The antenna is also physically shortened by use of the eliptically convoluted inductors 12 of which two are formed by a special configuration of the radiating wire. As shown in FIG. 3, a section 26 of the wire is first formed into a convoluted configuration by the formation of a plurality of alternately repeating direction changes 27 and 28. The total number of turns formed in the radiating wire determines the overall size of the inductor. Thereafter the convoluted wire is wound in a spiral configuration in the manner shown in FIG. 4. The spiral configuration appears as shown in a side view in FIG. 1 wherein the turns 27 which are adjacent all align with a radius and the turns 28 which are adjacent all align with a radius. In this manner the straight wire segments 29 which join the alternate wire direction changes always extend substantially normal to each other between adjacent layers. This means that there is a minimum of capacitance between these layers thereby rendering the convoluted eliptical coil substantially inductive. The electrical resistance for the radiating wire remains substantially the same since the overall length of the wire is the same.

It is thought the eliptically convoluted inductors are effective in improving the radiating efficiency of the antenna because the inductors exhibit very high inductance to capacitance properties. Because the adjacent coils of the inductor have only one crossover point with the adjacent coil, capacitance results mainly from the conductor length equal to the wire diameter. This length is very small in comparison to the wire length between crossover points.

Additionally because of the conformation of the conductors in the inductors, there results an increase in the magnetic field coupling as well as the electrical field coupling. This increased coupling increases the capability of the antenna to receive signals in the horizontal or magnetic polarization plane better than the standard vertically extending antenna.

In FIG. 2 is shown diagrammatically the antenna shown in FIG. 1. The conductor wire 10 extends one-quarter wavelength in one direction from the ferrite toroid transformer 15 and one-half wavelength section 10a to the first eliptically convoluted inductor 12A and another half wavelength section 10b to the second inductor 12B and thereafter terminates after extending another one-quarter wavelength section 10c as shown in FIG. 7. The high impedance transformer 15 matches the half waves which are positioned between 1200 and 2400 ohms impedance. The transformer is a folded dielectric-filled half wavelength with an input near the center at an impedance point of approximately 50 ohms. A ferrite balun transformer is used to isolate the hot transformer and antenna from the low impedance coaxial feed point.

By incorporating the inductors formed as described by convoluting then spiraling the conductor wire, the physical length of the antenna can be substantially reduced for any given physical length of radiating conductor. As shown in FIG. 5 representing actual gain measured for various frequencies using an antenna made in accordance with the present invention and a standard one-half wavelength reference dipole. The radiation levels are noted on the right abscissa and the db gain is noted on the left abscissa. Frequency is the ordinate of the graph. It is easily noted that the 1.5 wavelength convoluted spiral inductor antenna is between 1.0 and 2.5 db more efficient than the reference half wave dipole antenna.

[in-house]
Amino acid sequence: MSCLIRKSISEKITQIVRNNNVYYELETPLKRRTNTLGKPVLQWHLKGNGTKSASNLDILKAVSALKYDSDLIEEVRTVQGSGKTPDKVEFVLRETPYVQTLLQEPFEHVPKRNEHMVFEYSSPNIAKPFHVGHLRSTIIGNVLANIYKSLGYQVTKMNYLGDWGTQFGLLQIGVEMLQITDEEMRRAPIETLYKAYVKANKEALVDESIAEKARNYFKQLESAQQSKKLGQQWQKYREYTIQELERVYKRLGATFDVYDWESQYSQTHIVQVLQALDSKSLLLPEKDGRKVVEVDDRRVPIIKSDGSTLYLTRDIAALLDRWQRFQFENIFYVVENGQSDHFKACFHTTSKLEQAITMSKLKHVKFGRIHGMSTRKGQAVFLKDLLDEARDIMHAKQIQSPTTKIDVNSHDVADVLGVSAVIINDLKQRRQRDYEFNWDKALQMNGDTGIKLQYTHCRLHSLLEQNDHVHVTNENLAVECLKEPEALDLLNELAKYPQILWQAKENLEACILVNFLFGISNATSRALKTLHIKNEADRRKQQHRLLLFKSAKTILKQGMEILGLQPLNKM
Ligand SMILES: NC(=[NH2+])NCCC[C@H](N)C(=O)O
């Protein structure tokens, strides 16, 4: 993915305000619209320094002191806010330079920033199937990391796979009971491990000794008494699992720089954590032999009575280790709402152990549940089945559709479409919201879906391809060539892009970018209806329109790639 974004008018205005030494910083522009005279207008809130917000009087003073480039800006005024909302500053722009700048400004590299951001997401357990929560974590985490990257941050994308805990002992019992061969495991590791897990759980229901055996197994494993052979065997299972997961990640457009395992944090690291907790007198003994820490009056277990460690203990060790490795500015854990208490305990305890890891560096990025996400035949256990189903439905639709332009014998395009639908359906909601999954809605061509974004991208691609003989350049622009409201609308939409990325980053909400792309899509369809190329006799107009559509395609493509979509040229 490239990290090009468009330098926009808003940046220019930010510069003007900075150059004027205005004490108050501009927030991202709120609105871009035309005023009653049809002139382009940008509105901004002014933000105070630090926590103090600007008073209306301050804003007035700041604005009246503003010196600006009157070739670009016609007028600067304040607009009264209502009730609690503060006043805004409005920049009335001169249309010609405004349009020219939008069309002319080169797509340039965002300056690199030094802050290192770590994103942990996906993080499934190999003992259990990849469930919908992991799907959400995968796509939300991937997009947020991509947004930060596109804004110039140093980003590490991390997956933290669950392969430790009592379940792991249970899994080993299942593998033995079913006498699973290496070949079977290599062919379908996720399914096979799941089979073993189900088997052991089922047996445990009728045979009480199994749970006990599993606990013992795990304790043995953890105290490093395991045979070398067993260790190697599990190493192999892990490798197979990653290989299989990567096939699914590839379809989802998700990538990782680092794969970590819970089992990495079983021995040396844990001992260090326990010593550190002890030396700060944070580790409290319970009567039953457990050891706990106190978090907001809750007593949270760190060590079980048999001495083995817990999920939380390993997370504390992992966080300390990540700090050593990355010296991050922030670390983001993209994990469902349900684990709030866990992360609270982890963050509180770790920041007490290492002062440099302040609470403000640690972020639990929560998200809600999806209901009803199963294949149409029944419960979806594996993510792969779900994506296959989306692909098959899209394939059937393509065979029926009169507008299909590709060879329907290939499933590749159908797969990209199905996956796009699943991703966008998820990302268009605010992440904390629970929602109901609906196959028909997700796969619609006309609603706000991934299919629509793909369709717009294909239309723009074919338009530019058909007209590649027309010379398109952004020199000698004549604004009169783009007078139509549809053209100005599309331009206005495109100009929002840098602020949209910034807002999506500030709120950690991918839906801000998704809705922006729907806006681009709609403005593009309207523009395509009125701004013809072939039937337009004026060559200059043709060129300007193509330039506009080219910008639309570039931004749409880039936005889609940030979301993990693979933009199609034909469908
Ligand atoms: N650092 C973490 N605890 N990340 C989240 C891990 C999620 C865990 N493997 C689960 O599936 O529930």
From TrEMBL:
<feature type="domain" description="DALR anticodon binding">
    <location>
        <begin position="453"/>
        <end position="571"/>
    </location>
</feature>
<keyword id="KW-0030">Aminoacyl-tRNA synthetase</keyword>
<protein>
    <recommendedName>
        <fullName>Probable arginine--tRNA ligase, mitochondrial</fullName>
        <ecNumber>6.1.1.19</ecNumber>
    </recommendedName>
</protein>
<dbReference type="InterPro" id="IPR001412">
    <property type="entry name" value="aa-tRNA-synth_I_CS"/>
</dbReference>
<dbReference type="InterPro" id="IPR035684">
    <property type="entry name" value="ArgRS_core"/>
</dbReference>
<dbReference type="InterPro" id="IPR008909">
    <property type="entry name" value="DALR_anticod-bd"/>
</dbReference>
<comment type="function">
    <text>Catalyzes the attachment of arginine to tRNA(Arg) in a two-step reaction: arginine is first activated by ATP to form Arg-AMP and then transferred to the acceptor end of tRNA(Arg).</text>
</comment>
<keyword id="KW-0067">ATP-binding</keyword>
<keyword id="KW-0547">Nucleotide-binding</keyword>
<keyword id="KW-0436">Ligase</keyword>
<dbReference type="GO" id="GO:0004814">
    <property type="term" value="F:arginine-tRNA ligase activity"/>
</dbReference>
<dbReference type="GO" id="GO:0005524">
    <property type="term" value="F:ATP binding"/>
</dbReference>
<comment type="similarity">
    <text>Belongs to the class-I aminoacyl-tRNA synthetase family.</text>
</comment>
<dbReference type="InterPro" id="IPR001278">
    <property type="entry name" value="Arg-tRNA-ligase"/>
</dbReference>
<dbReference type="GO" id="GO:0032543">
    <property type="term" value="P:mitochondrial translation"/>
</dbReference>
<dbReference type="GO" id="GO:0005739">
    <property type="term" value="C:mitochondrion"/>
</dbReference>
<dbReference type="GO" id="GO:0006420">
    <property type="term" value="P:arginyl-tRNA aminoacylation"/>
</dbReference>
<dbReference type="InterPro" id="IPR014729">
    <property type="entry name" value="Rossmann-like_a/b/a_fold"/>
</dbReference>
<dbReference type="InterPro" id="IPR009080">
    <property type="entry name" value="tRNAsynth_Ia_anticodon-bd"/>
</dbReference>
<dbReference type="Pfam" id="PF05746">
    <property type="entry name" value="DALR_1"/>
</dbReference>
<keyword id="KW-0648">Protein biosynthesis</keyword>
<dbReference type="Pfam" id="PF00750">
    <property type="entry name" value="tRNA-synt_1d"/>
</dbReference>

In FIG. 6 is a graph similar to that of FIG. 5 except for a 2.5 wavelength convoluted spiral inductor antenna. In the frequency range between 144.5 and 145 megahertz the inductor antenna is 2 to 3 db higher in radiation.

Patent Citations
Cited PatentFiling datePublication dateApplicantTitle
US2210491 *Oct 31, 1938Aug 6, 1940Rca CorpHigh frequency antenna
US2941207 *Aug 15, 1955Jun 14, 1960Robert Dollar CompanyRadio antenna
US3066294 *Mar 18, 1957Nov 27, 1962Gen ElectricHelical antennas coupled to circular waveguide carrying orthogonal modes
US3259901 *Jan 2, 1962Jul 5, 1966Antenna Specialists CoShort half-wave antenna with plural loading coils
US3445849 *Feb 14, 1966May 20, 1969Rca CorpHalf wavelength monopole antenna with spaced loading coils
US4028704 *Aug 18, 1975Jun 7, 1977Beam Systems Israel Ltd.Broadband ferrite transformer-fed whip antenna
US4238799 *Mar 27, 1978Dec 9, 1980Avanti Research & Development, Inc.Windshield mounted half-wave communications antenna assembly
GB285106A * Title not available
Referenced by
Citing PatentFiling datePublication dateApplicantTitle
US4850034 *Oct 26, 1987Jul 18, 1989Campbell Mark EMethod and apparatus for installing a cellular telephone in a vehicle
US5089827 *Aug 13, 1990Feb 18, 1992MecaniplastReceiving antenna for a motor vehicle
US8746577Sep 20, 2011Jun 10, 2014The Board Of Trustees Of The University Of IllinoisPlacement insensitive antenna for RFID, sensing, and/or communication systems
EP0415803A1 *Jul 5, 1990Mar 6, 1991MecaniplastReceiving antenna for a motor vehicle
Classifications
U.S. Classification343/749, 343/862
International ClassificationH01Q9/32
Cooperative ClassificationH01Q9/32
European ClassificationH01Q9/32
Legal Events
DateCodeEventDescription
Jun 2, 1992FPExpired due to failure to pay maintenance fee
Effective date: 19920329
Mar 29, 1992LAPSLapse for failure to pay maintenance fees
Oct 29, 1991REMIMaintenance fee reminder mailed
Jun 18, 1987FPAYFee payment
Year of fee payment: 4